[But it is also true that] failure of the arts, of artists, helps the cruel among us triumph and begin to oppress us all, even in relatively free societies, including – and perhaps initially – those who are communicators. (205)
She makes the argument for a more careful use of vocabulary, challenging David Cameron’s ‘swarm of people’, and suggesting that noticing the individual people, identifying them, describing them and the people close to them, telling their stories makes it less likely to see them as a swarm. When we are confronted with photographs and the name of Aylan Kurdi, the little boy photographed on the beach, drowned, he and his family become hard to fit into a faceless swarm.
AL Kennedy reminds us of the lack of depth in our public media even when it pays attention to stories, such as Aylan Kurdi’s:
The massive displacement of human beings from their homes all across Europe and the Middle East was rarely examined in anything like depth, or presented as being perhaps of more importance than a variety of celebrity talent competitions and soap operas. (208)
She suggests that artists, writers, must show how important imagination is; imagining different lives, imagining different priorities and solutions, better futures for us all. And above all, imagination can help us escape from ‘othering’ and blaming victims for their situation. She reminds us that:
history teaches us that our greatest wrongs, crimes against humanity and genocide, arise from cultures where hatred has become part of the air the citizens breathe. (211)
By drawing attention to the activities of those who do not accept the culture of hatred, who provide aid, who march against unjust wars, through the best of the arts, she reminds us that we have the capacity to dream a better future.
A Staffordshire activist, Michaela Fyson, organised, through crowdfunding, for every MP to receive a copy of A Country of Refuge as a Christmas present in December 2016. Lord Dubs supported the event. Michaela said she was moved to this action because:
there are too many politicians referring to these groups of people as if they are animals – talking about them ‘swarming’, or needing their teeth checked like horses to see how old they are. That is what we need to change.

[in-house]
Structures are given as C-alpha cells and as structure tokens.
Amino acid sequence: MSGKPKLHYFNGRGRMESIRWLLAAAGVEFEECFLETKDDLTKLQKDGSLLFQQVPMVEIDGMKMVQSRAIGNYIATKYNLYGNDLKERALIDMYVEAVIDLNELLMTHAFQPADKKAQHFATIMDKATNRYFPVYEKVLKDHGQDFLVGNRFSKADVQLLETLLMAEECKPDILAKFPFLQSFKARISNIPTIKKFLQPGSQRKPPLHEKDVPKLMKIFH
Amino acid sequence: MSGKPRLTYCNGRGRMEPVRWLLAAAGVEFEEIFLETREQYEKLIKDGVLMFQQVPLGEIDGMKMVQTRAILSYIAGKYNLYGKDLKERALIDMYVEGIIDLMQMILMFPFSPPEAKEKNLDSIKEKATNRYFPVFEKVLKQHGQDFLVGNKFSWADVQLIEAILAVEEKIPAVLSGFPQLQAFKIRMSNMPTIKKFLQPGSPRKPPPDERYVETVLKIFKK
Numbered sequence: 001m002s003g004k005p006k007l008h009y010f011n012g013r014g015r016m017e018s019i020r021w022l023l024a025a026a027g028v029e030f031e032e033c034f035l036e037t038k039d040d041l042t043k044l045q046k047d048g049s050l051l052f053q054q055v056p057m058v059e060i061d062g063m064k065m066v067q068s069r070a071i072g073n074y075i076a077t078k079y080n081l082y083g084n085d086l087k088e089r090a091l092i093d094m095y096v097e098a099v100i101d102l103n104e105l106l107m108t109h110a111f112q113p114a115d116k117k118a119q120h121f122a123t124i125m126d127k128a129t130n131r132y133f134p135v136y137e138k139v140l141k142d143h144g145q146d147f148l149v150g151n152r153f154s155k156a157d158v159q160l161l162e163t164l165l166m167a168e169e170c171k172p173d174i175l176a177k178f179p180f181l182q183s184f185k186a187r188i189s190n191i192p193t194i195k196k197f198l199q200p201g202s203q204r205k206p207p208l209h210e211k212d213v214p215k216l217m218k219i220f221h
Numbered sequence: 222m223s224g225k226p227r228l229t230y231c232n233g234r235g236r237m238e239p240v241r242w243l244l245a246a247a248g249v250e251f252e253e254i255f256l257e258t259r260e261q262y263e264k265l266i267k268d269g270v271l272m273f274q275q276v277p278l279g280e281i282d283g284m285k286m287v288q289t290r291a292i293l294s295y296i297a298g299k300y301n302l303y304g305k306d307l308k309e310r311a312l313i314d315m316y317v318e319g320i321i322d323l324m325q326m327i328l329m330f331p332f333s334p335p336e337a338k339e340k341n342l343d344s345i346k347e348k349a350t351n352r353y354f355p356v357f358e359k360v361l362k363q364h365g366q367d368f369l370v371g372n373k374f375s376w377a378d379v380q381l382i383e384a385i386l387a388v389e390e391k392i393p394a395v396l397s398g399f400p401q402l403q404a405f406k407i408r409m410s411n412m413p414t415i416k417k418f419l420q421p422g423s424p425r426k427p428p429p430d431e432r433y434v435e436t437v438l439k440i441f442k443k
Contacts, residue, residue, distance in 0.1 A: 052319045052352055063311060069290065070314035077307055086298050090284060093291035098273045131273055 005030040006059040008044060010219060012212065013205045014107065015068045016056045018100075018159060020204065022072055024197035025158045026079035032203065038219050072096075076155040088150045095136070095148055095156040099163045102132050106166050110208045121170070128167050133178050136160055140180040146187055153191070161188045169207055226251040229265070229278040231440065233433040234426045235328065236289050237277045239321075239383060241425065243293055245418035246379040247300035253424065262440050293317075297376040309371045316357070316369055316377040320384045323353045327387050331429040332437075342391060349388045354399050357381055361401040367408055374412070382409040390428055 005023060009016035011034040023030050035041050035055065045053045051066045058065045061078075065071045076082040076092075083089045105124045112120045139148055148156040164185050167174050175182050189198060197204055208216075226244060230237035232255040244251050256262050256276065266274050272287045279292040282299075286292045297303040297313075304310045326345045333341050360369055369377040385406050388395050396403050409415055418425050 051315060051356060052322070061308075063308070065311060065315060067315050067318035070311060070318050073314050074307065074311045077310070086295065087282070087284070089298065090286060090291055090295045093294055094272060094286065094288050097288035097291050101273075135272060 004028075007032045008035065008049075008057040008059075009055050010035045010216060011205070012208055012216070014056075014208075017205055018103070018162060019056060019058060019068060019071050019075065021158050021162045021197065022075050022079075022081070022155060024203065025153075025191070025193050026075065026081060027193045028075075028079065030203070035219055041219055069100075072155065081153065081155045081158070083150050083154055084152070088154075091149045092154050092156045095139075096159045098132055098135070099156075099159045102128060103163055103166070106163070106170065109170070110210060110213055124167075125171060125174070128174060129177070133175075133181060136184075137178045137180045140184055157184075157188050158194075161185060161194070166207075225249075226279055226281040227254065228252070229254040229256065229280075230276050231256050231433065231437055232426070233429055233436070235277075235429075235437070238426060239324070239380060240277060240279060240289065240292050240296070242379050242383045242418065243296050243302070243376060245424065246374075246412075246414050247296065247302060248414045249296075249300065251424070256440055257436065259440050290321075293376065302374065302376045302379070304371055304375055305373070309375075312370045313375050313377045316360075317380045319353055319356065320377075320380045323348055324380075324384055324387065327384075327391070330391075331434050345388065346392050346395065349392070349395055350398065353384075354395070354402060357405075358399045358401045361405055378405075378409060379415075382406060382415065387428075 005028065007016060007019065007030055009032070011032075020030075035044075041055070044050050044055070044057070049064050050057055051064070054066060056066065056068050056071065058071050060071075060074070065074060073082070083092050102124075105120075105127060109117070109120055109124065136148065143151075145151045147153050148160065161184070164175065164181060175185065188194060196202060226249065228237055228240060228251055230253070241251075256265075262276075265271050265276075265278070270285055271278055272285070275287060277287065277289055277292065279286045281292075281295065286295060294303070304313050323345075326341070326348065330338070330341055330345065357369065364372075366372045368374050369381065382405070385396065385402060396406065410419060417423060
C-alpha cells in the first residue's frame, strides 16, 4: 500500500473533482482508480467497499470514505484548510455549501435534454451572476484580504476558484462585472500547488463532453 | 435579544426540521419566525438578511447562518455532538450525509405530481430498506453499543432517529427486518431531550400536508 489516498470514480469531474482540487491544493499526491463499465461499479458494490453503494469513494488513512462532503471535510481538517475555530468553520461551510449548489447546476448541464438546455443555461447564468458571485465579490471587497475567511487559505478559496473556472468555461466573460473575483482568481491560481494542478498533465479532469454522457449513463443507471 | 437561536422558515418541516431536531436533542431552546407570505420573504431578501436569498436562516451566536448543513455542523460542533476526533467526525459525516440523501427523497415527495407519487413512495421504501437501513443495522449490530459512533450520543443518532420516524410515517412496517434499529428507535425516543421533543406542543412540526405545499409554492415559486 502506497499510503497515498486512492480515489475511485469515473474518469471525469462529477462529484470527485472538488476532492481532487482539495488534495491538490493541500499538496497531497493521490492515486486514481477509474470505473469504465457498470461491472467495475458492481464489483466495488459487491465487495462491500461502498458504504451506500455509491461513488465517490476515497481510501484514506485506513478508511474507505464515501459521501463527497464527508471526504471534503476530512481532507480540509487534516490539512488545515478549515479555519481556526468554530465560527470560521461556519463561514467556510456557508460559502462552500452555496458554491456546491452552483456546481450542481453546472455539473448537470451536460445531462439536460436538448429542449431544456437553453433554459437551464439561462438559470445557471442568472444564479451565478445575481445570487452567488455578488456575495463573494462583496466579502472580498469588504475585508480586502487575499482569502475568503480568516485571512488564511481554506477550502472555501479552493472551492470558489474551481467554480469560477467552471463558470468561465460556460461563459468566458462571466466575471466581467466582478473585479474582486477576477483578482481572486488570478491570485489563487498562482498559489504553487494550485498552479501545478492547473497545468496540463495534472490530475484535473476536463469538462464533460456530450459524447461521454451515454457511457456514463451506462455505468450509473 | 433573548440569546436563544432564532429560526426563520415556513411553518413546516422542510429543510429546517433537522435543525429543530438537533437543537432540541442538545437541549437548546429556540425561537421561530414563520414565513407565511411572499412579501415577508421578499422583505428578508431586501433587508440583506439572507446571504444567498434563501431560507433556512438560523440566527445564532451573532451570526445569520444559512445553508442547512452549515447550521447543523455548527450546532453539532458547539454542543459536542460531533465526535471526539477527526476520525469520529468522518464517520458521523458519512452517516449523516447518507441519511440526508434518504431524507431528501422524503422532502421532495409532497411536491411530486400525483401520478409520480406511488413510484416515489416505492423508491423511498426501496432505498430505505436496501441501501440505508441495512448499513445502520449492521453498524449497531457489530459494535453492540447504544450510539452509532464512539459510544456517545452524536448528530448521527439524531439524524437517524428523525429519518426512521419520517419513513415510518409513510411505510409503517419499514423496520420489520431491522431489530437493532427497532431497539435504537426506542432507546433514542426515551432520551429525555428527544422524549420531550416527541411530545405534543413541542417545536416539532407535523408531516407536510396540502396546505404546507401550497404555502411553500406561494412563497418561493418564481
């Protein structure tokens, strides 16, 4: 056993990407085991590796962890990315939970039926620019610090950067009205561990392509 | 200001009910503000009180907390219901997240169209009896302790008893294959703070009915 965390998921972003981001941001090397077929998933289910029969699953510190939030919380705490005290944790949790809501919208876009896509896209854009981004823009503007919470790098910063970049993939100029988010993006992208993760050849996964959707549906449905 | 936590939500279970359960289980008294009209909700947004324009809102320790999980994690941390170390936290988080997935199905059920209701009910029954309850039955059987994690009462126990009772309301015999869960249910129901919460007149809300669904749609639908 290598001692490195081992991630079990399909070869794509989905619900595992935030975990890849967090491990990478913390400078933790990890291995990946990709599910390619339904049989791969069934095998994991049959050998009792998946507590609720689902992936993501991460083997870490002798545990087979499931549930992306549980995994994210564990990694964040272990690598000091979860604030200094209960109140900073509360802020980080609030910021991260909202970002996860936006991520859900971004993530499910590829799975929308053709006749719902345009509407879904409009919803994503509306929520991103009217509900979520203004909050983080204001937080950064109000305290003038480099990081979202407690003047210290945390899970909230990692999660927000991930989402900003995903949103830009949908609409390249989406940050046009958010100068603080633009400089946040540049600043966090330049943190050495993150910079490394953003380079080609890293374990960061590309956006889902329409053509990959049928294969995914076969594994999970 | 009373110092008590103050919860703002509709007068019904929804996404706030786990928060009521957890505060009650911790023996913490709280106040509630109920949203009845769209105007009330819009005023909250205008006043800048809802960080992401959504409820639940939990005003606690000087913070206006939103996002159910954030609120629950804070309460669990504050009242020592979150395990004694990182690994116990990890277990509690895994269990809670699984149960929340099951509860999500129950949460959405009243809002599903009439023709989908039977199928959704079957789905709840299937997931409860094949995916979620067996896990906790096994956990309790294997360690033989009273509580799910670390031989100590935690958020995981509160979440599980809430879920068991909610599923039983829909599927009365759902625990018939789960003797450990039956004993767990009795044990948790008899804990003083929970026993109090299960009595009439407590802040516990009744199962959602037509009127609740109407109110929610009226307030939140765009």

Lucy Popescu has a track record of exposing mistreatment of writers through her column in The Literary Review and her work with PEN. She is also a mentor with the Freedom from Torture Write to Life Group. (See Lost and Found and Souvenirs).
Lucy Popescu had found it impossible to attract a mainstream publisher to A Country of Refuge. It was published through crowdfunding, by Unbound. Writers describe the books they want to publish and readers are invited to support their publication.
A Country of Refuge Edited by Lucy Popescu. Published by Unbound in 2016. 231pp
My walk and challenge.
I am raising money for Freedom from Torture, through sponsorship of a monthly walk and blogpost. This is the fifth post in the series. You can read more about it on the page called My Challenge (just click on the page title below the masthead).
Please help me reach my target by making a donation.
My companion was my brother Mont, and we walked in early January on a sparkling day on a circular walk that started inland, took in Noss Mayo and part of the SW Coast Path. The fifth walk was about 13km (8+ miles).
You can sponsor my walk/blog here, by clicking onto my Just Giving Page.
Related posts and websites
Dartmoor, Hay Tor and Freedom from Torture, an extra walk in December, supported by about 20 walkers.
The Optician of Lampedusa by Emma Jane Kirby. My fourth walk in December
Do Refugees need holidays? My third walk in November
Breach by Olumide Popoola & Annie Holmes, the second walk in October
Lost and Found, the first walk in September
The sixth post about the challenge will appear on this blog …
… in mid-February